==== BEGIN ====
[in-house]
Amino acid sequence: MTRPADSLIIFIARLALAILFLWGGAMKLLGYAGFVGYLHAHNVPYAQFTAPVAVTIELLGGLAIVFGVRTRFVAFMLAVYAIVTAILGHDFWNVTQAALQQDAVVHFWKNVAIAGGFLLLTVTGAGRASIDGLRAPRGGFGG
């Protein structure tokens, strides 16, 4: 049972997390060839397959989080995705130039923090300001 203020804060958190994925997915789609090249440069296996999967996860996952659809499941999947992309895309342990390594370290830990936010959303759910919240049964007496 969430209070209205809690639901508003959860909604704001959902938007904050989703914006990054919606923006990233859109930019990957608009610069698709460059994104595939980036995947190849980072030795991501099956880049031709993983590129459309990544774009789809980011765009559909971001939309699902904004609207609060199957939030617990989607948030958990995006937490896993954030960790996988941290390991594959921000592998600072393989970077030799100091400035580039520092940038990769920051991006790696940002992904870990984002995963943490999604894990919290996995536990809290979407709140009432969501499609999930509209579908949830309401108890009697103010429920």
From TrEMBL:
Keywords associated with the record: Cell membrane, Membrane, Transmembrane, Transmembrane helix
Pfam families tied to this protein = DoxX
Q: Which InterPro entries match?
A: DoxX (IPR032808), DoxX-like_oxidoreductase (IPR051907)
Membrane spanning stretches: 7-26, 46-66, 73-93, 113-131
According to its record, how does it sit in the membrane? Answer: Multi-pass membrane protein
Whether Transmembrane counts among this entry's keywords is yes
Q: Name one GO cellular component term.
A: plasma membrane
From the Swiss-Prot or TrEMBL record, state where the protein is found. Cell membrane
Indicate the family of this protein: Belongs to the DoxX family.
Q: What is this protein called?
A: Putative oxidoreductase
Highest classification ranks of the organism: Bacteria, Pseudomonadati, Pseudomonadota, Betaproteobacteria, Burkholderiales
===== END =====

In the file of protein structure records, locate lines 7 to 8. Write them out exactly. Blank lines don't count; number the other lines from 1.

Q: Which InterPro entries match?
A: DoxX (IPR032808), DoxX-like_oxidoreductase (IPR051907)